Album reviews: Clinic | Magnetic Man | Classical | Jazz | Folk | World
POP Clinic: Bubblegum Domino, £11.99 ****
AFTER more than a decade of ostensibly releasing the same spare, thrilling album over and over again, singular Merseybeat combo Clinic have chosen to change their tune from the menacing, urgent, claustrophobic, hypnotic, lo-fi psychedelic garage blueprint to a practically pastoral reverie of a record, albeit one still graced by Ade Blackburn's distinctive deadpan drone. Their languid summery sixth album Bubblegum positively loiters at 40 minutes in length but it's as cohesive yet idiosyncratic as anything in their back catalogue as they experiment with warm wah-wah effects and fuzzy guitar on the title track, hammer dulcimer on the mournful Another Way Of Giving and even – zounds! - an acoustic guitar on Linda.
Magnetic Man: Magnetic Man
Columbia, 10.99 ***
PREPARE for the Sound of the Future as handed down by dubstep oracle Artwork and his two young protgs Benga and Skream. Actually, Magnetic Man's much anticipated debut album doesn't quite pan out that way, opening with a chiming oriental instrumental, regressing through some 1990s drum'n'bass – Perfect Stranger could be this generation's Inner City Life, so derivative is it of Goldie's calling card – to the panoramic synth soundtracks of Jean Michel Jarre and Vangelis. Magnetic Man is an album which aspires to life outside a dance subgenre and could indeed make it as far as the nation's coffee tables and dinner parties. But at least it's not more custom-made Radio 1 pap.
Steve Reich: Double Sextet & 2x5
Nonesuch, 12.99 ***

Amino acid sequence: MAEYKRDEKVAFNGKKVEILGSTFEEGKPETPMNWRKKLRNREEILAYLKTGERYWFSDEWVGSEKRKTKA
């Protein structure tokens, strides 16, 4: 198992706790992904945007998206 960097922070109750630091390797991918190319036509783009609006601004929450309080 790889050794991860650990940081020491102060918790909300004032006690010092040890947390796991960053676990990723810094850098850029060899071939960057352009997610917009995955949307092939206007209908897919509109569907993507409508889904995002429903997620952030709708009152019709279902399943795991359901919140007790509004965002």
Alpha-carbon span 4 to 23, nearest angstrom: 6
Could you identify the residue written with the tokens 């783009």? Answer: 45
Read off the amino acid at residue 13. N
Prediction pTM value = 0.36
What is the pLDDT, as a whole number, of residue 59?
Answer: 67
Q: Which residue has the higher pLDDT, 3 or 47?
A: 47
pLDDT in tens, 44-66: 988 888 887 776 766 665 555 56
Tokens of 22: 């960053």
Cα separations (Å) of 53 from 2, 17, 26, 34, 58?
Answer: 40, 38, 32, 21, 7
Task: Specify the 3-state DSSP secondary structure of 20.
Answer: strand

WITH Glasgow set to go crazy for minimalism this weekend thanks to the Minimal festival, here's a pleasant way to get into the mood, with two relatively new works by Steve Reich. Double Sextet, a 2009 Pulitzer Prize winner, is performed by its commissioning ensemble, eighth blackbird, and requires the group to play simultaneously against a recording of themselves. The effect is to colour Reich's tantalising rhythmic repetitions with luscious overtones and an exuberant energy. In many ways, 2x5 is much more of the same, except for a rock-styled instrumentation entirely suited to Bang on the Can, who premiered it last year in a Manchester velodrome. Nothing new from Reich, other than a consummate continuation of his chattering, highly distinctive style.
Loose Tubes: Dancing On Frith Street
Lost Marble, 12.99 ****
A BELATED blast from the anarchic big band, featuring previously unreleased live recordings from their final week of gigs at Ronnie Scott's in December 1990. Given this hugely influential band only made three albums that are now hard to find, this is a valuable addition, and the artwork echoes the typography and design of their eponymous 1985 debut. The music captures the irreverent energy and exuberance of their live work, and reflects the colourful mix of musical influences fermenting on the London jazz scene of the time, combining an (occasionally satirical) awareness of jazz traditions with South African influences on Django Bates' Yellow Hill, ska on Eddie Parker's Last Word, and hints of Weather Report on Bates' Godbucket, while Chris Batchelor's Village touches multiple bases. The sound recording is functional rather than state-of-the-art, but vividly captures a vibrant moment in British jazz. KENNY MATHIESON